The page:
Anyone need any sweet potato starts? I have more than I know what to do with. Perhaps give some to the neighbors.

Video: In the garden...September 3, 2014: Sweet Potato Starts for Everyone!

Check out my collection of gardening essays, “From A Gardener’s Notebook” now available as a Kindle eBook. (You don’t need a Kindle to read it, though. Read it on your PC, Link: http://j.mp/fagnbook

Watch all past episodes of “In the garden…” in this YouTube Playlist


Music: “Hustle” by Kevin MacLeod (http://incompetech.com) under Creative Commons License

Please Like this video and/or subscribe to my channel on YouTube.

Your likes and subscriptions directly reflect how many other viewers are suggested this video.

Subscribe to my YouTube Channel

 

“In the garden…” is a series for A Gardener’s Notebook highlighting what is happening in my garden, my friend’s gardens and California gardens throughout the seasons. 

Noted: Patio-Perfect Berry Bushes Like You’ve Never Seen via Houzz

Patio-Perfect Berry Bushes Like You’ve Never Seen via Houzz

Landscape by Lowell Garden & Landscape Supplies Fall Creek Farm & Nursery, Inc.
 
I have fond memories of my granddad’s garden. He grew all the fruit and vegetables for our family, and I spent many summer days helping him pick the sun-kissed berries, sampling more than a few as I worked! Even today the heady aroma of fresh, warm fruit takes me straight back to his large raspberry patch, which was unruly at best and an impenetrable thicket at worst. As tasty as these treats were, I couldn’t imagine ever having a garden large enough to accommodate growing my own.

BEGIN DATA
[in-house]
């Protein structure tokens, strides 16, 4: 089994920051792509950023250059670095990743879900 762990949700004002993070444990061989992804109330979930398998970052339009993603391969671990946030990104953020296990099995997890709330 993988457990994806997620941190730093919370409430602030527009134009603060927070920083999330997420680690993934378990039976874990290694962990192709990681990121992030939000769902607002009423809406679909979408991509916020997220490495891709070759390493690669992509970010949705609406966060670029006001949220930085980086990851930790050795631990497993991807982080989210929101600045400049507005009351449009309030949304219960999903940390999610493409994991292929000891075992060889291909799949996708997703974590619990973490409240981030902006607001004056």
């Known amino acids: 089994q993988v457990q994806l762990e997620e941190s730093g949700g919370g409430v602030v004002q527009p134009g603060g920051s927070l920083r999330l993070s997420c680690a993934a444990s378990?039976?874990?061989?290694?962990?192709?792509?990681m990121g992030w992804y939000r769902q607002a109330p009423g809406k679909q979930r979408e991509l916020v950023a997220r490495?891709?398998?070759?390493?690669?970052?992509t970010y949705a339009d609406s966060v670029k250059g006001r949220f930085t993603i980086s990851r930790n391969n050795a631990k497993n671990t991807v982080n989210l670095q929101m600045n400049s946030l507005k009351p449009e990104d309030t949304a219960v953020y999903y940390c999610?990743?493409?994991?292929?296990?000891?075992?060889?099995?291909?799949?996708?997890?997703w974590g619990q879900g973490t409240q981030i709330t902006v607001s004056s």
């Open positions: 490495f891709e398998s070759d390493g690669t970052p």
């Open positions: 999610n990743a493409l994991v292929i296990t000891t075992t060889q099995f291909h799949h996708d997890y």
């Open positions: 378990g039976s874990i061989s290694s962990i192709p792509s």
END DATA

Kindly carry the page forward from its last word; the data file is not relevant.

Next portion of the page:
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“Noted” items are particularly good finds from my daily reading which I share via all my social media accounts. 

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Noted: 10 Easy Pieces: Garden Clogs and Ankle Boots by Erin Boyle via Gardenista

10 Easy Pieces: Garden Clogs and Ankle Boots by Erin Boyle via Gardenista

10 Easy Pieces: Garden Clogs and Ankle Boots by Erin Boyle via Gardenista

Given the choice, I’d go barefoot. It doesn’t matter if it’s sand between my toes or fresh garden mud, I like the feeling of my bare feet planted directly on the earth. When I was younger, my sisters and I had contests to see whose feet were toughest; the test was walking barefoot across our gravel driveway without wincing.

Unfortunately rigorous gardening duties require shoes. Here are a few of my favorite ways to compromise, with clogs and low boots:

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“Noted” items are particularly good finds from my daily reading which I share via all my social media accounts.

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Garden Decor: Sheet Metal Frog on Garden Gate

Sheet Metal Frog on Garden Gate

A great piece of garden decor from right here in my own neighborhood. I was walking down a street I don’t normally travel on my walks and came across this lovely sheet metal frog adorning a front garden gate. Nice craftsmanship and a wonderful introduction into their garden.

Garden Decor: Sheet Metal Frog on Garden Gate

 

More metal garden decor from Amazon.com

 * a portion of each Amazon sales goes directly to support A Gardener’s Notebook
** some of these books may be available at your local library. Check it out!
 
Previously in Garden Decor:

Noted: Great Design Plant: Japanese Painted Fern Weaves a Garden Tapestry via Houzz

Great Design Plant: Japanese Painted Fern Weaves a Garden Tapestry via Houzz

Spaces by Topsfield Landscape Architects & Landscape Designers Andrew Keys